Researchers at Colorado State University say cannabidiol (CBD) could prove to be useful in tackling glioblastoma, an aggressive and often deadly form of brain cancer.
According to the American Association of Neurological Surgeons, Glioblastoma multiforme (GBM) has an incidence of two to three per 100,000 adults per year, and accounts for 52 percent of all primary brain tumors.
In their study, the CSU researchers examined human and canine brain cancer cells. Why canine? It seems glioblastoma shows a number of similarities in the two species.
CBD isolate and CBD extract containing small amounts of other natural occurring cannabinoids such as cannabigerol and tetrahydrocannabinol were tested on the cells. It was determined CBD slowed cancer growth and was toxic to both canine and human glioblastoma cell lines.
As for the CBD extract, very little difference in terms of efficacy was noted compared to the isolate, which was 100% CBD.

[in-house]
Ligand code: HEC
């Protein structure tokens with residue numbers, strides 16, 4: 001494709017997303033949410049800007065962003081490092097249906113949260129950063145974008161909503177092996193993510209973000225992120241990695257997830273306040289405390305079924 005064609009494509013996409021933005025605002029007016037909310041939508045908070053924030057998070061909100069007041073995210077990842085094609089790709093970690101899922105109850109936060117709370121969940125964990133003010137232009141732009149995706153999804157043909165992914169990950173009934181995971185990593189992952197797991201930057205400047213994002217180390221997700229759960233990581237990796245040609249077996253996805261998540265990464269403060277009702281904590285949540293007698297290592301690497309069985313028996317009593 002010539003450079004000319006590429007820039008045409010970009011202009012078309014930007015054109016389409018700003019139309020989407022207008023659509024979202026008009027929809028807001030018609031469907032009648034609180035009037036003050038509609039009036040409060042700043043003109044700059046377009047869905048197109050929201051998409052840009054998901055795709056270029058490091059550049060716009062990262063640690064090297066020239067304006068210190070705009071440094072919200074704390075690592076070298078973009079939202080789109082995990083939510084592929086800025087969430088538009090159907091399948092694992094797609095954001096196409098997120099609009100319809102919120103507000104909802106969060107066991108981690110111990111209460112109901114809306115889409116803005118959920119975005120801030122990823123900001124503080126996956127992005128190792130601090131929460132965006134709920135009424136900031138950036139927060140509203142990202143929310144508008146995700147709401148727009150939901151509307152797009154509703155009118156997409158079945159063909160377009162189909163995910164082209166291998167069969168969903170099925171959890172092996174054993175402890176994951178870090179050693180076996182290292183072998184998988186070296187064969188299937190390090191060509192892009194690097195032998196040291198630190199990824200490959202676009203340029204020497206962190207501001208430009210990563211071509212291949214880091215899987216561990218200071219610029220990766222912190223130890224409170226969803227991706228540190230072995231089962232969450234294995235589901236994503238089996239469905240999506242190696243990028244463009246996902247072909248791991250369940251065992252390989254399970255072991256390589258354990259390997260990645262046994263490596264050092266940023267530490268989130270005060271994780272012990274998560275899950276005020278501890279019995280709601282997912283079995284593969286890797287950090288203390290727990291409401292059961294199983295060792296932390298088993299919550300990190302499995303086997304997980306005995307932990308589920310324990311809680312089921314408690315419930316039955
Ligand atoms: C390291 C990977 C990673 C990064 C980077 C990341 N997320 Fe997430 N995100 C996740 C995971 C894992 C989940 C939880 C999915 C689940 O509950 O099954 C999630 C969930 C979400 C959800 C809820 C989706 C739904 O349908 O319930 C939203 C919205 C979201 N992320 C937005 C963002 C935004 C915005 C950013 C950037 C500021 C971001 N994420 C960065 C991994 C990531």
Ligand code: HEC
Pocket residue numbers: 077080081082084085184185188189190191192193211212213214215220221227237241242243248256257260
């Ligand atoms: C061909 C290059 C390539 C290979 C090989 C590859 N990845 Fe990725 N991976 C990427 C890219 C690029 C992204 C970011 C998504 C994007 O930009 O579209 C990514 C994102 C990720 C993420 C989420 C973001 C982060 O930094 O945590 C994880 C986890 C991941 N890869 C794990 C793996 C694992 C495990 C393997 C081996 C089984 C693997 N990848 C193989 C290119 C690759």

“CBD has been zealously studied in cells for its anticancer properties over the last decade,” said Chase Gross, a student in the Doctor of Veterinary Medicine/Master of Science program at CSU. “Our study helps complete the in vitro puzzle, allowing us to move forward in studying CBD’s effects on glioblastoma in a clinical setting using live animal models. This could lead to new treatments that would help both people and dogs that have this very serious cancer.”
The researchers believe the CBD target the cell’s energy producing structures called mitochondria, causing them to dysfunction. Significant decreases in mitochondrial activity were noted in the cells treated by CBD.
It’s important to note this is only laboratory testing on cells – not on humans, or dogs for that matter; however, these are promising results. The researchers are planning to transition to animal models as a next step, which could then progress to clinical trials on dogs.
An abstract from the team’s study was published in The FASEB Journal.
This isn’t the first research carried out on the potential of cannabinoids in treating glioblastoma specifically. Back in 2017, GW Pharmaceuticals reported positive results from a clinical study of a THC and CBD formulation with a small group of patients with recurrent glioblastoma multiforme.
Last year, ASX-listed MGC Pharmaceuticals announced publication of research on the effectiveness of cannabinoids on glioblastoma.